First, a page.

Oxymoron is yet another sample of what Q’s got to say. While he’s remained mostly silent about the album, it has been revealed that he’s collaborated with several artists for the project including 50 Cent, Pharrell Williams, Mac Miller, A$AP Rocky, Danny Brown and his fellow Black Hippy comrades. Whether they make the final cut or not has not been officially publicized. Still, it’s safe to say, Oxymoron is one of the most anticipated releases of the year.

ScHoolboy Q Discusses Success & Dedication

See today, much has changed beyond Q’s evolution as an emcee. With the rise fellow Black Hippy members’ careers and his own successes, TDE’s stock is at an all time high. Currently, Top Dawg Entertainment is looking like Tupac in ’96—“All Eyez On Them.” Ab-Soul, Jay Rock, Kendrick and ScHoolboy are at the center of it all, releasing critically acclaimed projects with what seems to be great ease. But in fact, there’s a lot of pressure that comes along with this much shine. There’s a lot to carry.

“Shit is stressful,” he notes, analyzing his past year. “I never knew it could be this stressful ‘cause with Rap, you put it out and it’s good. And I listen to some of my old stuff, when I thought it was tight, like, ‘Yo, it wasn’t ready.’ All types of shit. The business of it I don’t like. I don’t like people. You gotta be willing to make that sacrifice and do it.”

Sacrifice has been another important part of ScHoolboy’s life for the last four years. And while today seems quite different from life in 2008, ScHoolboy says he hasn’t changed much. Let Q tell it, life has changed a lot, but the gradual change has made this all seem as though the success “just happens” before you even know it.  

“It just happens,” he begins. “One day you chillin’, then one day you getting paid for a show. ‘All right, cool.’ The money be getting higher and higher. ‘All right, cool.’ And then the press and all this shit is getting higher. Then more people stop you, and it’s like, ‘All right, it’s crackin’ [laughing]. It just happens.” Through these changes, however, Q says some things have had to stay the same. “Somebody real genuine today in music or someone who just came up don’t really switch up. You just stay the same. You don’t really notice it. When you genuine, you’re working hard on your music. You dedicate yourself.”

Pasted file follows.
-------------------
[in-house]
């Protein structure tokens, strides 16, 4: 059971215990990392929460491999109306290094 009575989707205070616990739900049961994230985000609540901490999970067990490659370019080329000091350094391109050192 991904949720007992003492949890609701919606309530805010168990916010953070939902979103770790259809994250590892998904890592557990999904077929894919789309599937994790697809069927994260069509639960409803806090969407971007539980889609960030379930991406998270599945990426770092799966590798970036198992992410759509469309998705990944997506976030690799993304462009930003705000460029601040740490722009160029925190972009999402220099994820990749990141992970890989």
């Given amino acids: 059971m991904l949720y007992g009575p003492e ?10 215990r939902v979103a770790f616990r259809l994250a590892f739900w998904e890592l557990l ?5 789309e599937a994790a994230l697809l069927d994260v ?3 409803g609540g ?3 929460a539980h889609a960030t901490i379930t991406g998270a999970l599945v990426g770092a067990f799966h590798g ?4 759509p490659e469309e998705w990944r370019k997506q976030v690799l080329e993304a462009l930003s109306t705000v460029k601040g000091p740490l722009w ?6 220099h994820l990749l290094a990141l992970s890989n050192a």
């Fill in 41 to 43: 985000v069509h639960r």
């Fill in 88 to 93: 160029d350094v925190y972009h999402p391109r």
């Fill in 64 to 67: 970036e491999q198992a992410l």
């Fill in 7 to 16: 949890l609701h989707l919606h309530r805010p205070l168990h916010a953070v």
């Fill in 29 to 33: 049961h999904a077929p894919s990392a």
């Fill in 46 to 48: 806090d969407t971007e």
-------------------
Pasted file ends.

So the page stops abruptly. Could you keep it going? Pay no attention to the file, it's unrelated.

The dedication is what has allowed Q to persevere. The dedication is what has allowed him to look past the emotional obstacles he’s had to face to pursue this profession—obstacles that have certainly been present of late. When he recalls his daughter, Q chooses to explain how this journey isn’t without a downside, even when you are at the top of the Rap game.

“Emotionally, you could get depressed, stressed. It’s crazy,” he says before explaining the ups and downs of the industry’s roller coaster. “You’d be like, ‘Yo, this shit ain’t cool.’ Then, ‘Aw, this straight.’ Then, ‘Nah, it ain’t cool.’  You talk to your daughter and she do something wrong, ‘Aw, this shit ain’t cool.’ You go through an emotional rollercoaster.”

This is why it’s so difficult for Q to leave home sometimes, to get to the studio. The emotional roller coaster he has been on likely makes it hard when he has to say goodbye. But when he says he wants to be a better father, how can you doubt his perseverance? Perhaps this is why he has opted to have his daughter join him for his latest project, where she will reportedly speak throughout Oxymoron.

“At the end of the day, my daughter’s happy,” he says, pride emanating from his voice. “She understands. I just gotta make myself understand.”